- Rounding decimals on the number line
- Round decimals using a number line
- Worked example: Rounding decimals to nearest tenth
- Round decimals
- Understand decimal rounding
- Rounding decimals word problems
- Round decimals word problems
- Decimal place value: FAQ
Rounding decimals to the nearest tenth can be fun. We can identify the tenths place in the given decimal, 9.564. Then we can look at the digit to the right of the tenths place to determine whether to round up or down. In this case, the answer is to round up to 9.6. Created by Sal Khan and Monterey Institute for Technology and Education.
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- why isn't there a twentyeths place??(3 votes)
- hello.... I have couple of questions 1. You round to one place lower so in thousenths place u round up to place next like .5634 so we round to .563 4 is not considered ? 2. In number lines how do u round like how u write the digits is it like .1 to .9 ? 3. I'm having problems with rounding up in thousenths place mostly
thank you(8 votes)
- Hello! Hopefully the following answer addresses your 1st and 3rd questions. Unfortunately, I'm not quite sure what you mean by "In number lines how do you round like how you write the digits". Number lines can start and end at any number and have markers at any set distance (1, 0.5, 0.1, etc.). If you can rephrase the question, maybe I can help!
The digits to the right of the decimal point are the *tenths* place, hundredths place, thousandths place, and ten-thousandths place (remember there's no "onethes" place!). In 0.5634, the 3 is in the thousandths place. When you round to the nearest thousandth, you meant that you want to end up with 0.56#, where you have to figure out what should go in the # place. You figure that out by considering the 4 in the ten-thousandths place.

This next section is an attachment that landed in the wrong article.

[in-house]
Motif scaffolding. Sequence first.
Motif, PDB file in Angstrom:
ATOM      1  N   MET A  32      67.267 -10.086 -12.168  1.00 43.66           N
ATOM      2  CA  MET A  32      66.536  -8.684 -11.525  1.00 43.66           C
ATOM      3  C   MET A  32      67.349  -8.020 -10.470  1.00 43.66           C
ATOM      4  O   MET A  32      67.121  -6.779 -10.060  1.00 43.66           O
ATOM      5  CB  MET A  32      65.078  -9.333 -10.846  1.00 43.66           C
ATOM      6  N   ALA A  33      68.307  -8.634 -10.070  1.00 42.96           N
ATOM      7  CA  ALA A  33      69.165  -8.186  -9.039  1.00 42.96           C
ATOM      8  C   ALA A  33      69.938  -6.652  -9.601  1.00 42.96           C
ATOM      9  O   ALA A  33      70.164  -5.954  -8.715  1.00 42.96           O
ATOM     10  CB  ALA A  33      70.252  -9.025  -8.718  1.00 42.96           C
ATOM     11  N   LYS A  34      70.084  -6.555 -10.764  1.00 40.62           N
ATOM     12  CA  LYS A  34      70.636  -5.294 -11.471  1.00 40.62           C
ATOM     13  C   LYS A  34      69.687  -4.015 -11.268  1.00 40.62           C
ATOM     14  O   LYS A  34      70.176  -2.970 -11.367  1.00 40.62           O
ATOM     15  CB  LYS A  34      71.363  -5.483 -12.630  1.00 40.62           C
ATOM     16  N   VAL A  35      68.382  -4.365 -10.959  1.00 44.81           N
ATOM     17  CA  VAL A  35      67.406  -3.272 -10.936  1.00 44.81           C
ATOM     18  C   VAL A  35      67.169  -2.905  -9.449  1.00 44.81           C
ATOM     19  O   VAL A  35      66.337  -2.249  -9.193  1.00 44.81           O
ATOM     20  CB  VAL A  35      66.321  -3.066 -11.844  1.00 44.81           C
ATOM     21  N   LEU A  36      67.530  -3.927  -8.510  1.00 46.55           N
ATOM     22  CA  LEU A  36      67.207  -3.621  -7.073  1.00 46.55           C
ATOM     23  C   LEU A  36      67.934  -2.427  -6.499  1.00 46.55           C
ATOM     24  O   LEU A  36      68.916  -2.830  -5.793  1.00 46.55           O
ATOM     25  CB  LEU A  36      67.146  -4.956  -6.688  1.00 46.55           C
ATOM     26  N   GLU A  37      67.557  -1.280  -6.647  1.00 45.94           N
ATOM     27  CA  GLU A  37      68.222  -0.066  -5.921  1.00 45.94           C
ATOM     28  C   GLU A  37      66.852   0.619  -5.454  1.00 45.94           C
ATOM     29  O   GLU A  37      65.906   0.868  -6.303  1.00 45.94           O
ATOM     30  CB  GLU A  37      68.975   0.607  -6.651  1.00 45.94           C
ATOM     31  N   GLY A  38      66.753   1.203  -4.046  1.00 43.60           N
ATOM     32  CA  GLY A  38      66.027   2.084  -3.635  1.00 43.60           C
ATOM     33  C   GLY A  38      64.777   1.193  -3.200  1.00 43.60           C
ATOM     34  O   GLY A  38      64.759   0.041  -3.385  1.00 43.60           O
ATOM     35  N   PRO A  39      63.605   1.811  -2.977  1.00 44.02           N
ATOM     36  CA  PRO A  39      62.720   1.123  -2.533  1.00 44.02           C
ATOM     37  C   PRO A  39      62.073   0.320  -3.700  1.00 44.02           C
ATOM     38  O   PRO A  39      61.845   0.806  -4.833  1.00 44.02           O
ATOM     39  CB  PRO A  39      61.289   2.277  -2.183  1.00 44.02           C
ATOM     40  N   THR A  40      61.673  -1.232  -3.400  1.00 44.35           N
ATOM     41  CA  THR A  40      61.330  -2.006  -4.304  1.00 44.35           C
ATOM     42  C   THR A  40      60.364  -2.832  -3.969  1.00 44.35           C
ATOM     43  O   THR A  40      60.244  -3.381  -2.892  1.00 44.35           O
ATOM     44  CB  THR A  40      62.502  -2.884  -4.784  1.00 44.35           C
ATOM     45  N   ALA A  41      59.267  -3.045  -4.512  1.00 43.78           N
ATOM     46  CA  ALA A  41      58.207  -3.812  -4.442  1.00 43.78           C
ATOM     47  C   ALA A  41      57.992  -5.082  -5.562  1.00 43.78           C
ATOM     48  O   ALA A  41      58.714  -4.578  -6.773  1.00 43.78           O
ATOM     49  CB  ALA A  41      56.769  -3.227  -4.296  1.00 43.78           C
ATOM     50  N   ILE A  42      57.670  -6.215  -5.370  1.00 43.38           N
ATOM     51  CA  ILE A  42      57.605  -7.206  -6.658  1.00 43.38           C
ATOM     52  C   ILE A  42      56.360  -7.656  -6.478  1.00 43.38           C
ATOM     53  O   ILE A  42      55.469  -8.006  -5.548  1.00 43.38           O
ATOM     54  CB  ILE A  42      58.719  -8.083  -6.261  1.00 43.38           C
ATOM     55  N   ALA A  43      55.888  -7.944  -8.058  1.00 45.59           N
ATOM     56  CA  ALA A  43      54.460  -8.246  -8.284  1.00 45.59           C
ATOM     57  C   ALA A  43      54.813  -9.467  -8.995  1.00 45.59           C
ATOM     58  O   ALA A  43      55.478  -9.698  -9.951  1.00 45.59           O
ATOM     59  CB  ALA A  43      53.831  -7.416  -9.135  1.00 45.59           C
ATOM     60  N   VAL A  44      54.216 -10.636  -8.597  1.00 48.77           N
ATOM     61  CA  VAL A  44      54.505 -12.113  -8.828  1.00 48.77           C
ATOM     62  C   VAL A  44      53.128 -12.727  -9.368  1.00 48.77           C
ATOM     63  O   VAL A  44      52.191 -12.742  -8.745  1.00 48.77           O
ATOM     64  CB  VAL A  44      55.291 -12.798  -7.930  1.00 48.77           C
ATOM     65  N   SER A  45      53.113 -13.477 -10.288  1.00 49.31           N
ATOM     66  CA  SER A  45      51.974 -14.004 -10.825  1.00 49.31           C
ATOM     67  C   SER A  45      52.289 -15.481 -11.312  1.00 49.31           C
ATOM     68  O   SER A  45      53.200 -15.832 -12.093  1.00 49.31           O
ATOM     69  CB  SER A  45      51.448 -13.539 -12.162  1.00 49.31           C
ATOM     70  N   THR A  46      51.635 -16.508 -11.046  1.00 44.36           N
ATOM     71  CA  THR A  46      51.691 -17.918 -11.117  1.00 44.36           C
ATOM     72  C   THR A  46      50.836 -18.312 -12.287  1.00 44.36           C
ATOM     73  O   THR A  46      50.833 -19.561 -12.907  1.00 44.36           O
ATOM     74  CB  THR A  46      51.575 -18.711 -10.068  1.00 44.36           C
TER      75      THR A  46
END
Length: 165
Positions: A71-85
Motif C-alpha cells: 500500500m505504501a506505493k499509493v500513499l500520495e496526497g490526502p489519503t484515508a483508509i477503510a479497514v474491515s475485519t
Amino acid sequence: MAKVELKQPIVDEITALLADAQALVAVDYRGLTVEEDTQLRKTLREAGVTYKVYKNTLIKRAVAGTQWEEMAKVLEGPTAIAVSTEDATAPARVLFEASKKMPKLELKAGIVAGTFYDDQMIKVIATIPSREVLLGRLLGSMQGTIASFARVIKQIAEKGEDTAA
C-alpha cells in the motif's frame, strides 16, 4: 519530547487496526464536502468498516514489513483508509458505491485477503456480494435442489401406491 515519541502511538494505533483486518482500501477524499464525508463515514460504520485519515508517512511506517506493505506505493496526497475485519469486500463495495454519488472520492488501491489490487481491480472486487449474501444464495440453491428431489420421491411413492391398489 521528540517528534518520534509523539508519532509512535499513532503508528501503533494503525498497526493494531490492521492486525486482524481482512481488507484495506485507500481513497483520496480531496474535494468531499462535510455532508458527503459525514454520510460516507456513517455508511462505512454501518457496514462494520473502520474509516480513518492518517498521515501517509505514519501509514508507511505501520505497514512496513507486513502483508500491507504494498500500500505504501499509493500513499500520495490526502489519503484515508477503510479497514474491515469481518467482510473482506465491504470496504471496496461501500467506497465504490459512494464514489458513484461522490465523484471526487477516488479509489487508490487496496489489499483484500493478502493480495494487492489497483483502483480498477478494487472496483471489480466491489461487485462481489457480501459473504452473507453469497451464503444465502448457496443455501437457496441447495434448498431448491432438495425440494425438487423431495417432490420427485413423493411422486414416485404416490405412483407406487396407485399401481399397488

If you had 34 and wanted to round to the nearest tens place, you'd say "4 is less than 5, so I'll round down" and end up with 30. The same applies here: 4 is less than 5, so you round down, and end up with 0.563. Considering the 4 is how you get 0.563 instead of 0.564!(15 votes)
- HI guys! What does the video mean by rounding decimals? why do we have to do that?
PLEASE REPLY AS SOON AS POSSIBLE!
PS: I am 11! And am pretty smart but this does not make sense!(7 votes)
- I think we have to round because if there is 3 numbers after the decimal in money we have to round because there is only 2 digits after the decimal in money.(1 vote)
- why am I getting all of the easy questions...?!?!(6 votes)
- why are there so many videos now?!?!(3 votes)
- why you do easy questions.
please do hard one i can't understand the nearest hundred and nrearest thousands.(4 votes)
- If I have 5.1897 and I'm rounding to the nearest thousandth what do I do? What does the 9 turn into and how is that effecting the rest of the numbers(2 votes)
- For your example, in this case 9 is in the thousandths place. To the right of 9 is 7, which is 5 or greater. Here, 9 becomes 0 and you add 1 to the 8 which becomes 9. Therefore, 5.1897 is rounded to 5.190.(1 vote)
Round 9.564, or nine and five hundred sixty-four thousandths, to the nearest tenth. So let me write it a little bit larger, 9.564. And we need to round to the nearest tenth. So what's the tenth place? The tenths place is right here. This right here represents 5 tenths. This is the ones place, this is the tenths place, this is the hundredths place, and this is the thousandths place right here. So we need to round to the nearest tenth. So if we round up, this will be 9.6. If we round down, this will be 9.5. And just like regular rounding, when we're not dealing with decimals, you move to one spot, or you look at one place to the right or one place lower, I guess, and you say is that 5 or larger? If it is, you round up, if it isn't, you round down. 6 is definitely 5 or larger, so we want to round up. So this 9.564 becomes 9.6, or we can call this nine and six tenths. And then we're done!